It always seems like clocks around the house have the wrong time. Usually they’re just off by a couple of minutes. So-called “atomic clocks” (which use a radio signal) often have trouble picking up that signal. GPS-based clocks frequently need unobstructed access to the sky. For this reason, I set out on building the world’s first desktop clock based on the NTP protocol (well okay, it’s probably not the world’s first, somebody has probably done it before).
For the microcontroller I chose the Parallax Propeller, since it seemed like an interesting design. The propeller, or “prop”, includes multiple CPU “cogs” that function in parallel eight of them. This meant that I could dedicate a cog to display refresh, dedicate another cog to keeping the time, another to performing the NTP protocol, etc.
The ethernet controller uses the ENC28J60 ethernet controller chip. There’s also something called a Mag-Jack that has the inductors/transformers/etc that are used for the ethernet specification.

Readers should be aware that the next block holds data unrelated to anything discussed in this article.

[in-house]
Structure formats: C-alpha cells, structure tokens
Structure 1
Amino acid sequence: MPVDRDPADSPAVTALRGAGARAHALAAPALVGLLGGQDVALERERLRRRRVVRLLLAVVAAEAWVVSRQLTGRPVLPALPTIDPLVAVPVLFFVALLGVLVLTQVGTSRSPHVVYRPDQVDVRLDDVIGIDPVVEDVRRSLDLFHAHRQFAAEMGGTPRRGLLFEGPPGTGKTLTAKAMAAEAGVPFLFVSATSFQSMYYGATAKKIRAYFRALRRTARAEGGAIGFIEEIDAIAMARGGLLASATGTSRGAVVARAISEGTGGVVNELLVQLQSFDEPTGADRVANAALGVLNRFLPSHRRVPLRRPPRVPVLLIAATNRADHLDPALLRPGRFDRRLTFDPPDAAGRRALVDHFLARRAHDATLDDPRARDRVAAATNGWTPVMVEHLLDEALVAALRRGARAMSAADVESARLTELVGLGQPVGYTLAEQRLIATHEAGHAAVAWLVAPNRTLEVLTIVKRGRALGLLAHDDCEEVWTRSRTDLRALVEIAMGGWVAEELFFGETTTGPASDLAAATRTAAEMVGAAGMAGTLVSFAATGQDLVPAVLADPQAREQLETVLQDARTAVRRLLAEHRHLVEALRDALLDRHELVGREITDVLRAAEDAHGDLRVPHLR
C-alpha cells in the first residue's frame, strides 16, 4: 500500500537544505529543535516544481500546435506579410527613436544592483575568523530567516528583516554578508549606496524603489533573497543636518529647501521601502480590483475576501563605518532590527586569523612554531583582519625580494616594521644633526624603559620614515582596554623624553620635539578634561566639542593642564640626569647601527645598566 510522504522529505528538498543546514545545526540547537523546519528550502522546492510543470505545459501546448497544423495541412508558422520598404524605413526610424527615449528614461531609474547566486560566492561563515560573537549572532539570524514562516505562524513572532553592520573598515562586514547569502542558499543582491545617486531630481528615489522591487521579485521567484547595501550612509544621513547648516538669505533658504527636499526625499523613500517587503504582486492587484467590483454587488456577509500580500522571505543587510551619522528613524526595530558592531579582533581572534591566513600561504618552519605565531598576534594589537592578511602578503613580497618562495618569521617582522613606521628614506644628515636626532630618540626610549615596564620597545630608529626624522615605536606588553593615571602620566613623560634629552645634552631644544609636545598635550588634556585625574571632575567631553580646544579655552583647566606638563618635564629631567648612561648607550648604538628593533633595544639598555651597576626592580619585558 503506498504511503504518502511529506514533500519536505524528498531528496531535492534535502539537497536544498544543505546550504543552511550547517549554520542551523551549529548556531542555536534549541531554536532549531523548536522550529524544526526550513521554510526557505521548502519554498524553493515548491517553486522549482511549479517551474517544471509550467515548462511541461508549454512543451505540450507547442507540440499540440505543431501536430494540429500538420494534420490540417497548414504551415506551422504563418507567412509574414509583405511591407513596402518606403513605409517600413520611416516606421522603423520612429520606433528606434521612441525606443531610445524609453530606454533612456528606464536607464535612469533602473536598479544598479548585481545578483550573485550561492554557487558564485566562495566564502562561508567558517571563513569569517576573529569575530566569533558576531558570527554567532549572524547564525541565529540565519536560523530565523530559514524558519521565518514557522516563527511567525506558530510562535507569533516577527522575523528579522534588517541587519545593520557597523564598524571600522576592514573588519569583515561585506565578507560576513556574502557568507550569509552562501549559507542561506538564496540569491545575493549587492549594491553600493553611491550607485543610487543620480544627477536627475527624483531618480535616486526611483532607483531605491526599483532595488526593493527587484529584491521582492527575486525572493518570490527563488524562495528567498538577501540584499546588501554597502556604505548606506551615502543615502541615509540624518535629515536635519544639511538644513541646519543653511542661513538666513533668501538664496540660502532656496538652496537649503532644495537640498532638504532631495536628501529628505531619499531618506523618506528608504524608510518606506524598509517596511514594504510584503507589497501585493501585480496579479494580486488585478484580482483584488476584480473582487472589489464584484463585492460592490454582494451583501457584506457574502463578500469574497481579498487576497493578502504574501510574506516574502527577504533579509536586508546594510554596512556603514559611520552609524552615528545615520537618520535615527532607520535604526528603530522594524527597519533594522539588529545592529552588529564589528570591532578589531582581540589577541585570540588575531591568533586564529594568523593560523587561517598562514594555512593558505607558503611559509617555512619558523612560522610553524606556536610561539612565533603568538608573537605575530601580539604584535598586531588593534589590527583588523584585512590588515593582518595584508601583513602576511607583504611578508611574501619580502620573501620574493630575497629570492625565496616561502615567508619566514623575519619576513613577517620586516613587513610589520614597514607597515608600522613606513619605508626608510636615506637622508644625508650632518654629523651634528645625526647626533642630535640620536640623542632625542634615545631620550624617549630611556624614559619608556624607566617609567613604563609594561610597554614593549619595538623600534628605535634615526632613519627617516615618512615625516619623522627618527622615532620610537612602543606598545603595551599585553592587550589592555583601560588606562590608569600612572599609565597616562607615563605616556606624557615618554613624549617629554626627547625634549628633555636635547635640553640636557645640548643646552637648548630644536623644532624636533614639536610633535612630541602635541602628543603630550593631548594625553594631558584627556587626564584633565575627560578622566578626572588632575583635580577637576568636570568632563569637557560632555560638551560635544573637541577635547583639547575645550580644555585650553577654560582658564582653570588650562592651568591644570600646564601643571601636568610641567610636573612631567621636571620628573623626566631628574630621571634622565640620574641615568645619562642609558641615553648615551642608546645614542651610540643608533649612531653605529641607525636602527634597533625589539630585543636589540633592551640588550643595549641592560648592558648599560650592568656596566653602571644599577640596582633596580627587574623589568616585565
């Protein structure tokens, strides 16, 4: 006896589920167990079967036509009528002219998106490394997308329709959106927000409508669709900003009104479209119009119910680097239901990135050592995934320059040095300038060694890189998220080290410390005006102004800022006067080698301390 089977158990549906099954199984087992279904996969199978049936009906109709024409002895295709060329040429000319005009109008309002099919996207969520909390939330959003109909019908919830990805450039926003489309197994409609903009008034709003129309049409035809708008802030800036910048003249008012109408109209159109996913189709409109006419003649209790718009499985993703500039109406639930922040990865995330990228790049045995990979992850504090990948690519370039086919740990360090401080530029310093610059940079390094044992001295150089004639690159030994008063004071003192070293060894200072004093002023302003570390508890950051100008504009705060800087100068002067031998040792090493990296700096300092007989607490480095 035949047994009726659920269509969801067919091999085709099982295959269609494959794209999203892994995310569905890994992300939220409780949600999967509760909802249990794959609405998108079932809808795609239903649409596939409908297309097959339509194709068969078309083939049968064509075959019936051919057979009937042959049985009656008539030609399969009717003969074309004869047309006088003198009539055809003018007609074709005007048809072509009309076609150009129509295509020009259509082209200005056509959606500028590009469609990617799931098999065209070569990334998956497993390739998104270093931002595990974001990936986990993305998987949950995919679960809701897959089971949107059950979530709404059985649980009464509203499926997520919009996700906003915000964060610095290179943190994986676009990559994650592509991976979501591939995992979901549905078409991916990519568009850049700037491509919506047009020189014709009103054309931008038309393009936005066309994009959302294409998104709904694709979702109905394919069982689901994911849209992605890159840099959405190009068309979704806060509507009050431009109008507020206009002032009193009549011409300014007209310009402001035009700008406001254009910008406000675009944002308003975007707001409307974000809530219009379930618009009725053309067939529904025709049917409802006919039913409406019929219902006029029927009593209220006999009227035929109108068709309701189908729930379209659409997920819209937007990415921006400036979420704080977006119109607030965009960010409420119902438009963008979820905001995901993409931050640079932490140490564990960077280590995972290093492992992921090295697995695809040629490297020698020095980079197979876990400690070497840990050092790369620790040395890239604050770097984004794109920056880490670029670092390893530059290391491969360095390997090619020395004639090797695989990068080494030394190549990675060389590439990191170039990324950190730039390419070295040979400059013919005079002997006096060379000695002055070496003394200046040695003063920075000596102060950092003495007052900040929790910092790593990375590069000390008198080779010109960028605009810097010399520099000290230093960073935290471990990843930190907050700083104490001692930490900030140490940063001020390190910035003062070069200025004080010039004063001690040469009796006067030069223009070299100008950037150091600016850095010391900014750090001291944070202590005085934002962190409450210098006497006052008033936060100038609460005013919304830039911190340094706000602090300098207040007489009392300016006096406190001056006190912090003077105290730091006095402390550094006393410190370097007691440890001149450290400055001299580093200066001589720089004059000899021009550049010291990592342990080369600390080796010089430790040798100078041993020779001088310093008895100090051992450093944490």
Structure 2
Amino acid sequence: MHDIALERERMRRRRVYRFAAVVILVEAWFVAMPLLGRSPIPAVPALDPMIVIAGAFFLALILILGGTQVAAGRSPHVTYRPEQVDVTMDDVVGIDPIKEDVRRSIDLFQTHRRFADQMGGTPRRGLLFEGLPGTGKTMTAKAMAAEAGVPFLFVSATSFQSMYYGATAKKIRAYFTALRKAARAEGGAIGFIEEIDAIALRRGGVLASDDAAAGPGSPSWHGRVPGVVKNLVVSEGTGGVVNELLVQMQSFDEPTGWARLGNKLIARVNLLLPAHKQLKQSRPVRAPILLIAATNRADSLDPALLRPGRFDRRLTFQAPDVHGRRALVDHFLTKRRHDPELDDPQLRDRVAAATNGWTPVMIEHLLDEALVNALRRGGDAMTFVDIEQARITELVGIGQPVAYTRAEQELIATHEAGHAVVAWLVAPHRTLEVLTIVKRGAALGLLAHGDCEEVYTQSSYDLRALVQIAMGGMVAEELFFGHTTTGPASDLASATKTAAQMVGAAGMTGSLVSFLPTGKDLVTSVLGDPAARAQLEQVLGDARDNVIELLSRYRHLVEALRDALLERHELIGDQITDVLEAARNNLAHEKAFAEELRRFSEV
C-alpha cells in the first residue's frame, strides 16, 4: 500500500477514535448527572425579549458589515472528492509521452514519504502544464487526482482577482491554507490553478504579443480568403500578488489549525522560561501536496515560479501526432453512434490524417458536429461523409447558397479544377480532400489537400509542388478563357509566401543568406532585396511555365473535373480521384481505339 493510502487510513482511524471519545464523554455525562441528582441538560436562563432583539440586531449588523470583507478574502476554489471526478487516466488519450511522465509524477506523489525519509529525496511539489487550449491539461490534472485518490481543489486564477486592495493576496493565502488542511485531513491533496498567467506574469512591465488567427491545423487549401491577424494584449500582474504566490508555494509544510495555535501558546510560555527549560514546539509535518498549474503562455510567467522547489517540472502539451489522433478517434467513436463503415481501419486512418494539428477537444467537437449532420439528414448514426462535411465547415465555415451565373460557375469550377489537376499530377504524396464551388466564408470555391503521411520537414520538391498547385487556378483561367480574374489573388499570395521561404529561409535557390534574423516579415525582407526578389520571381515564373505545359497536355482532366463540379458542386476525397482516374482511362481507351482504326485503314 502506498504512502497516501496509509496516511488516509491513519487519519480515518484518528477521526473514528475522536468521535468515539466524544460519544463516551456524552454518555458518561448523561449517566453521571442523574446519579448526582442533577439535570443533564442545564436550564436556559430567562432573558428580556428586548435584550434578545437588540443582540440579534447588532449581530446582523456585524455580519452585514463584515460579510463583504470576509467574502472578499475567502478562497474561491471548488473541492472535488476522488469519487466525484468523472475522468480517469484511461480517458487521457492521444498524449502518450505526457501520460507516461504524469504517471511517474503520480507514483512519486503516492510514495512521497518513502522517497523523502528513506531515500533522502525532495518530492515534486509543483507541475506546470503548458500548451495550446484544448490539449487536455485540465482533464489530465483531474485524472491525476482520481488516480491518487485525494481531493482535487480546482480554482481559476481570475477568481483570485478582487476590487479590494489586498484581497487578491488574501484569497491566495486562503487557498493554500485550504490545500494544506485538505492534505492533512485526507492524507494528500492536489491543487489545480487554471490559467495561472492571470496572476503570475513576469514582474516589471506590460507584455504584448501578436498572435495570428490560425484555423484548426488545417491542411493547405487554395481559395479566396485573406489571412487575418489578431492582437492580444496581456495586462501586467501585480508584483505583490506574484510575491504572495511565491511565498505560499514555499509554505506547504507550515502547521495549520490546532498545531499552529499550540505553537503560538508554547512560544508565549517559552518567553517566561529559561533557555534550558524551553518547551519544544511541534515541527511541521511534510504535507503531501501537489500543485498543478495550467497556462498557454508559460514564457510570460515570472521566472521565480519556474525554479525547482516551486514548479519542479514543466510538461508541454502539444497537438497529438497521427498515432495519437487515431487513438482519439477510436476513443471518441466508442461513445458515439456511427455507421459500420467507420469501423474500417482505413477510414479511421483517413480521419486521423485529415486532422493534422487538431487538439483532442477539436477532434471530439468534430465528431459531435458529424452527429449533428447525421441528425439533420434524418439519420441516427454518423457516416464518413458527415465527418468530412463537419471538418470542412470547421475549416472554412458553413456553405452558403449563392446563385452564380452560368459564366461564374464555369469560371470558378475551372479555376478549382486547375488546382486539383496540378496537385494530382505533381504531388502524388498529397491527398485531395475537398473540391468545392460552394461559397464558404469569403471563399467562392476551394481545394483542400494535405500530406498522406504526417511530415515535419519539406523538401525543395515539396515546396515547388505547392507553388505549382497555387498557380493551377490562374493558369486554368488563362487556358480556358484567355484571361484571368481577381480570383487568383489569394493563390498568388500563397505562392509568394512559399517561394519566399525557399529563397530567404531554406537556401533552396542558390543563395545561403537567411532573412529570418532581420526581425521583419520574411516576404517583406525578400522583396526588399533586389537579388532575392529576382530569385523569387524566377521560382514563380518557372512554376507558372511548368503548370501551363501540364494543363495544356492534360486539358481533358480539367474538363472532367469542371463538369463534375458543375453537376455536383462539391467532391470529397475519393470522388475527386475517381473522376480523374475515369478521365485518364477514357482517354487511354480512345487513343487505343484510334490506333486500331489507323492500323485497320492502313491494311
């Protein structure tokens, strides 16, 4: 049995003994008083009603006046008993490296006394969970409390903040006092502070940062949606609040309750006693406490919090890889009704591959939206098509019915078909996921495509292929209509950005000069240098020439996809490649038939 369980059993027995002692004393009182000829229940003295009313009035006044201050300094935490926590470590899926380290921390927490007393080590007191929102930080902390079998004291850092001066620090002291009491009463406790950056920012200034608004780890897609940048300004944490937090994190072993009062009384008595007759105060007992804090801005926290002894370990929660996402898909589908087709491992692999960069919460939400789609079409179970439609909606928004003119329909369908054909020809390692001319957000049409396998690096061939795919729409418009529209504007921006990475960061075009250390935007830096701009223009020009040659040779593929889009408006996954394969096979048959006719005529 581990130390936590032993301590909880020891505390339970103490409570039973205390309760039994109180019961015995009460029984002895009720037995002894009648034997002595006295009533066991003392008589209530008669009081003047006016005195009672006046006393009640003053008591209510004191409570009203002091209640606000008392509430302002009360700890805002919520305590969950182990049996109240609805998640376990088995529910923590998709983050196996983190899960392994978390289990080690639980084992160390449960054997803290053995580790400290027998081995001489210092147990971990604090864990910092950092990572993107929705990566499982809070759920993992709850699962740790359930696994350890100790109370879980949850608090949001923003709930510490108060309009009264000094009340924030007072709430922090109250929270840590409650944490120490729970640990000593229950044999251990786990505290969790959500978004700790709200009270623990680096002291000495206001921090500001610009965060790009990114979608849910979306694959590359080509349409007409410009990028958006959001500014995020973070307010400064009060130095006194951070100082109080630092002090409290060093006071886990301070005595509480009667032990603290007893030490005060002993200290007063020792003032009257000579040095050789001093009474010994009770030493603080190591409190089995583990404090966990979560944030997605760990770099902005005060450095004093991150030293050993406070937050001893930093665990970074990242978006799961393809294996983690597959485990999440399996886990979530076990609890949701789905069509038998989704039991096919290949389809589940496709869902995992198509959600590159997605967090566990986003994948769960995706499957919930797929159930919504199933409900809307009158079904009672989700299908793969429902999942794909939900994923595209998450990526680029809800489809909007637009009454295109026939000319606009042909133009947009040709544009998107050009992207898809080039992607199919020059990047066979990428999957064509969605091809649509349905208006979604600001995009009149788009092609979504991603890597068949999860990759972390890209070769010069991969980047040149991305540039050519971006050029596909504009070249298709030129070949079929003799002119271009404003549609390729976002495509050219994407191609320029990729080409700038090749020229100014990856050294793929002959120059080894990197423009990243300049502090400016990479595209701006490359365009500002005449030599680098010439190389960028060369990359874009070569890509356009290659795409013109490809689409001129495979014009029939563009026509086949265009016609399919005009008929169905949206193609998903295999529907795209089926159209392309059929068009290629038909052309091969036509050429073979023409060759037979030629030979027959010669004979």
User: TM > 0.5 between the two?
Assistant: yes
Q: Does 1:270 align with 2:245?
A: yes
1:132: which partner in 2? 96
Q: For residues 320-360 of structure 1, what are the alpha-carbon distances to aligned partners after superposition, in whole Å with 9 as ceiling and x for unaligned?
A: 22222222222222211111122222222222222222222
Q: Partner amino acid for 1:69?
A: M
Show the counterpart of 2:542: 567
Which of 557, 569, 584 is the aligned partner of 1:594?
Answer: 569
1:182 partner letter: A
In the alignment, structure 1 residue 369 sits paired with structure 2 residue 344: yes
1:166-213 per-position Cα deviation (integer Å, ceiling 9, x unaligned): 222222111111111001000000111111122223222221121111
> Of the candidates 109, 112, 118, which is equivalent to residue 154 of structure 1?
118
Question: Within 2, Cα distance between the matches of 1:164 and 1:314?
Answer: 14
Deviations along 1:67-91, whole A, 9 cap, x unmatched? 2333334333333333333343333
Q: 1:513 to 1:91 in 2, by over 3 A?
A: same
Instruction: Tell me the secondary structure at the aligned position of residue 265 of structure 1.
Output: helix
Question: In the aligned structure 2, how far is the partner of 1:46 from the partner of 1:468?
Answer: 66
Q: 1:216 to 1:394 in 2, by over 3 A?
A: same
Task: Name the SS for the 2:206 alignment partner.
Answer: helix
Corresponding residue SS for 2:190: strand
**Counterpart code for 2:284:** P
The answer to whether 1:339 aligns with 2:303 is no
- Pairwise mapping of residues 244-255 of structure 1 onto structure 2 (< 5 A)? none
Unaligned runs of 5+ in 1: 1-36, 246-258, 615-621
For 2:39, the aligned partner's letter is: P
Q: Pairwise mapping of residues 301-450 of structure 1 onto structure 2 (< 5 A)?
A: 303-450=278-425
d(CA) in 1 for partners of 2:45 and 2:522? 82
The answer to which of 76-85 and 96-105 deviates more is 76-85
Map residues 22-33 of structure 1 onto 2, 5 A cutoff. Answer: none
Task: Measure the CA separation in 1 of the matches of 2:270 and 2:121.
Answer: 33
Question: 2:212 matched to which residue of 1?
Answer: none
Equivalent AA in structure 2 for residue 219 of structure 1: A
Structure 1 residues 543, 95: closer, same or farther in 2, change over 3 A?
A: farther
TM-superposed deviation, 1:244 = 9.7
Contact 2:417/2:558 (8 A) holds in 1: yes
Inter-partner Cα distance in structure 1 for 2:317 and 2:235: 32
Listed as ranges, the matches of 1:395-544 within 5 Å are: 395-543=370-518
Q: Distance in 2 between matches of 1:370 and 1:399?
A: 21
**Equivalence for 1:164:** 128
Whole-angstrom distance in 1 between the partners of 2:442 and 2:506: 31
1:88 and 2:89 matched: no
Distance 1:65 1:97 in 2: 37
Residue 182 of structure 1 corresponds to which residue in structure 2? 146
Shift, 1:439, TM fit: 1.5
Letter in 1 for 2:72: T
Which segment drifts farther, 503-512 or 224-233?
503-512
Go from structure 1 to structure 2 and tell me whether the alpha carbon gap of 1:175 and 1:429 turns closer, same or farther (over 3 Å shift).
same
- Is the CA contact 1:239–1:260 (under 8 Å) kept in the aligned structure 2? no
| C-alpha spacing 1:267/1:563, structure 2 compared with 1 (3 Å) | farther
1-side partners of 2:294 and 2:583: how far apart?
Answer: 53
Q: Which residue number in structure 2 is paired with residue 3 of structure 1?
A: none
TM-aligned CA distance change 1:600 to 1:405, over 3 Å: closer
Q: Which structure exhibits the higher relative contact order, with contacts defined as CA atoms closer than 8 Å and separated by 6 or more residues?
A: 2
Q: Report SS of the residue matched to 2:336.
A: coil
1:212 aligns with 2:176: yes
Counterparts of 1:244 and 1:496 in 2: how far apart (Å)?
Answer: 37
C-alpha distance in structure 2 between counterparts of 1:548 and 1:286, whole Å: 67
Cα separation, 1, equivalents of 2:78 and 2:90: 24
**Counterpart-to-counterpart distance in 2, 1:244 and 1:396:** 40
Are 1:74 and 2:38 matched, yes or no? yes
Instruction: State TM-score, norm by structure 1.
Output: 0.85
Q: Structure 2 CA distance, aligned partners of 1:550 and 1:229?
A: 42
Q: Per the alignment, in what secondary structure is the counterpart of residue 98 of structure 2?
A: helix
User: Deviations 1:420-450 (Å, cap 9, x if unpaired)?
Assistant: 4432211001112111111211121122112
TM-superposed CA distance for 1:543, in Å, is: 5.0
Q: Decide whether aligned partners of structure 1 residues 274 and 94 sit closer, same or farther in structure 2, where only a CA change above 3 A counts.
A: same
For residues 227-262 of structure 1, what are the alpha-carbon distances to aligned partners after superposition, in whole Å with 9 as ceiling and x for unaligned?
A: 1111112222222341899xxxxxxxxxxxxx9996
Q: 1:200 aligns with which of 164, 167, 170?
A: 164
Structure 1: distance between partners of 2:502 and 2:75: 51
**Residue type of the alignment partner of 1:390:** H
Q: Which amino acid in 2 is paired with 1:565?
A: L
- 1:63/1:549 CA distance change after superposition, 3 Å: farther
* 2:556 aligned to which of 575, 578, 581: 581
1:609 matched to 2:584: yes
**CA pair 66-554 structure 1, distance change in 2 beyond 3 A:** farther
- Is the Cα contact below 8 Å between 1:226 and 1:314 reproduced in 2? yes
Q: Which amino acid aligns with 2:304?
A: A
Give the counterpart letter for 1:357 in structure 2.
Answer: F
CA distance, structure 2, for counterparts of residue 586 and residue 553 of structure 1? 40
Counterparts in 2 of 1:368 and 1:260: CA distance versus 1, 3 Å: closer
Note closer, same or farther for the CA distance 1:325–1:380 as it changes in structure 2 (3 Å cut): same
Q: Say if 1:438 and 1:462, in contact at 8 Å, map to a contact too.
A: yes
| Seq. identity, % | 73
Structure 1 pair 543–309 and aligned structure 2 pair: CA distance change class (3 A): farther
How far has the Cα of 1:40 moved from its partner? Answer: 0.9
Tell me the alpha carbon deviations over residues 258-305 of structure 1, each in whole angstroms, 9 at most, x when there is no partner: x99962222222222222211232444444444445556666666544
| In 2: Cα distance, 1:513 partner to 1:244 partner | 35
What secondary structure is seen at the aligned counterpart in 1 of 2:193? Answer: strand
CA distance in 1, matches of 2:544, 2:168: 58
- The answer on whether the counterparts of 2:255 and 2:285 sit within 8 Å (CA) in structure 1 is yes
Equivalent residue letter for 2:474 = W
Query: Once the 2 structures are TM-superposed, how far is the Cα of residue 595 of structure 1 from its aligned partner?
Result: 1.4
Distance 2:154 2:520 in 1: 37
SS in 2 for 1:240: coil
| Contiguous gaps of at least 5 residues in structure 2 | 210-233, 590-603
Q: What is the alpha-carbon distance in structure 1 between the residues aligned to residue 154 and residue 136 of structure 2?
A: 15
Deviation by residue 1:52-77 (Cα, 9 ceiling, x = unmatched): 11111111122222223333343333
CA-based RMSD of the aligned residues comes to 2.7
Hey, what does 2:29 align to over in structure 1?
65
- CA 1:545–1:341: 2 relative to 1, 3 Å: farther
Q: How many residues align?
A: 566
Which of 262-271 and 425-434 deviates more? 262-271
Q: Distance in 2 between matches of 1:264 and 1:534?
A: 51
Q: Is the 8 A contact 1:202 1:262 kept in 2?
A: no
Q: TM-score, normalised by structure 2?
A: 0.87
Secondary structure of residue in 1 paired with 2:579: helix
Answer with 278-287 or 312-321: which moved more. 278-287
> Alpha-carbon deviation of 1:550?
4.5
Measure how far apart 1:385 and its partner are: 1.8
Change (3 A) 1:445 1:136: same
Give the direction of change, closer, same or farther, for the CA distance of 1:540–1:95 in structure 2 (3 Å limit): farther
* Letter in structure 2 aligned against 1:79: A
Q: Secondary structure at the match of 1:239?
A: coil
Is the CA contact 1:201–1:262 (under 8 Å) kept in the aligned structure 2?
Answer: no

I used a 74HCT138 3-to-8 decoder to sink the columns of the display and source the digit segments from the prop itself. A dallas 1302 real-time clock chip was used to keep time between NTP updates.
I designed the board layout using the popular “Eagle” schematic program. Eagle is great although the freeware version puts a pretty tight limit on board space, which made me cram components in pretty tightly, leaving room for only fairly small LED digits. Eagle has an autorouter which is quite nice and was able to autoroute all of the traces on the board directly from my schematic with little user intervention. I had the boards produced by a show called “AP Circuits” in Canada, which offered good prices and a quick turnaround.
Below is a picture of the completed clock.